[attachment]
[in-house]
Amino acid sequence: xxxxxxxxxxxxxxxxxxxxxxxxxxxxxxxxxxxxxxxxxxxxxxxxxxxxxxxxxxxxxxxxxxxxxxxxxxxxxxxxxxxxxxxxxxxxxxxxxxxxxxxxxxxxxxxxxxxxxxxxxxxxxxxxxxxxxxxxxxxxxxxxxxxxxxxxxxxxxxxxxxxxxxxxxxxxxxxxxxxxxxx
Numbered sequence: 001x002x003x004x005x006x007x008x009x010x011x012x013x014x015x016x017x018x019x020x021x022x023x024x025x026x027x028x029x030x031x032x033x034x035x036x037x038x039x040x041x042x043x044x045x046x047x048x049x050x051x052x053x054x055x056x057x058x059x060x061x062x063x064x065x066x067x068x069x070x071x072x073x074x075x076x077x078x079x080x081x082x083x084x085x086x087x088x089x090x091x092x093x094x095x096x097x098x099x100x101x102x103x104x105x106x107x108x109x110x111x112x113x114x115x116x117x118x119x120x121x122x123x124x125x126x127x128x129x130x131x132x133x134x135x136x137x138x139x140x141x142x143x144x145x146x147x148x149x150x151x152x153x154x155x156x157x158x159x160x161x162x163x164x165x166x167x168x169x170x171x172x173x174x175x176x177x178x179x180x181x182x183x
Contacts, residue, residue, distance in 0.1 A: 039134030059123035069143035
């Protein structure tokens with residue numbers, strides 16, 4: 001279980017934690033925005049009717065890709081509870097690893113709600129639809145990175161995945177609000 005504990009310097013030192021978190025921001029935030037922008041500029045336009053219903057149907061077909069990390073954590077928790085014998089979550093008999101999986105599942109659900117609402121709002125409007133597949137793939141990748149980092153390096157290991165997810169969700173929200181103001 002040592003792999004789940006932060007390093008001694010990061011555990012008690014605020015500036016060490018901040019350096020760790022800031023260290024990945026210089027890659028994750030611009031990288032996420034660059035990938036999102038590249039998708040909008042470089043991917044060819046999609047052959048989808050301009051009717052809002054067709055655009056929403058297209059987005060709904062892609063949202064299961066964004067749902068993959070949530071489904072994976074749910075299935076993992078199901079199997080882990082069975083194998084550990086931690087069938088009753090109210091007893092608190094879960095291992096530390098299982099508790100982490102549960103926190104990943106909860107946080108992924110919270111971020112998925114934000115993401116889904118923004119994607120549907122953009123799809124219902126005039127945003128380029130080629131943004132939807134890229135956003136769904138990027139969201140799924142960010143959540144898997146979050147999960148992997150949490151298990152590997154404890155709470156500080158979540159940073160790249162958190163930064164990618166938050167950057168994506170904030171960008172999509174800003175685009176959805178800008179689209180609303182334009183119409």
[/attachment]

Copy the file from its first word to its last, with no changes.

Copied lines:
[in-house]
Amino acid sequence: xxxxxxxxxxxxxxxxxxxxxxxxxxxxxxxxxxxxxxxxxxxxxxxxxxxxxxxxxxxxxxxxxxxxxxxxxxxxxxxxxxxxxxxxxxxxxxxxxxxxxxxxxxxxxxxxxxxxxxxxxxxxxxxxxxxxxxxxxxxxxxxxxxxxxxxxxxxxxxxxxxxxxxxxxxxxxxxxxxxxxxx
Numbered sequence: 001x002x003x004x005x006x007x008x009x010x011x012x013x014x015x016x017x018x019x020x021x022x023x024x025x026x027x028x029x030x031x032x033x034x035x036x037x038x039x040x041x042x043x044x045x046x047x048x049x050x051x052x053x054x055x056x057x058x059x060x061x062x063x064x065x066x067x068x069x070x071x072x073x074x075x076x077x078x079x080x081x082x083x084x085x086x087x088x089x090x091x092x093x094x095x096x097x098x099x100x101x102x103x104x105x106x107x108x109x110x111x112x113x114x115x116x117x118x119x120x121x122x123x124x125x126x127x128x129x130x131x132x133x134x135x136x137x138x139x140x141x142x143x144x145x146x147x148x149x150x151x152x153x154x155x156x157x158x159x160x161x162x163x164x165x166x167x168x169x170x171x172x173x174x175x176x177x178x179x180x181x182x183x
Contacts, residue, residue, distance in 0.1 A: 039134030059123035069143035
């Protein structure tokens with residue numbers, strides 16, 4: 001279980017934690033925005049009717065890709081509870097690893113709600129639809145990175161995945177609000 005504990009310097013030192021978190025921001029935030037922008041500029045336009053219903057149907061077909069990390073954590077928790085014998089979550093008999101999986105599942109659900117609402121709002125409007133597949137793939141990748149980092153390096157290991165997810169969700173929200181103001 002040592003792999004789940006932060007390093008001694010990061011555990012008690014605020015500036016060490018901040019350096020760790022800031023260290024990945026210089027890659028994750030611009031990288032996420034660059035990938036999102038590249039998708040909008042470089043991917044060819046999609047052959048989808050301009051009717052809002054067709055655009056929403058297209059987005060709904062892609063949202064299961066964004067749902068993959070949530071489904072994976074749910075299935076993992078199901079199997080882990082069975083194998084550990086931690087069938088009753090109210091007893092608190094879960095291992096530390098299982099508790100982490102549960103926190104990943106909860107946080108992924110919270111971020112998925114934000115993401116889904118923004119994607120549907122953009123799809124219902126005039127945003128380029130080629131943004132939807134890229135956003136769904138990027139969201140799924142960010143959540144898997146979050147999960148992997150949490151298990152590997154404890155709470156500080158979540159940073160790249162958190163930064164990618166938050167950057168994506170904030171960008172999509174800003175685009176959805178800008179689209180609303182334009183119409």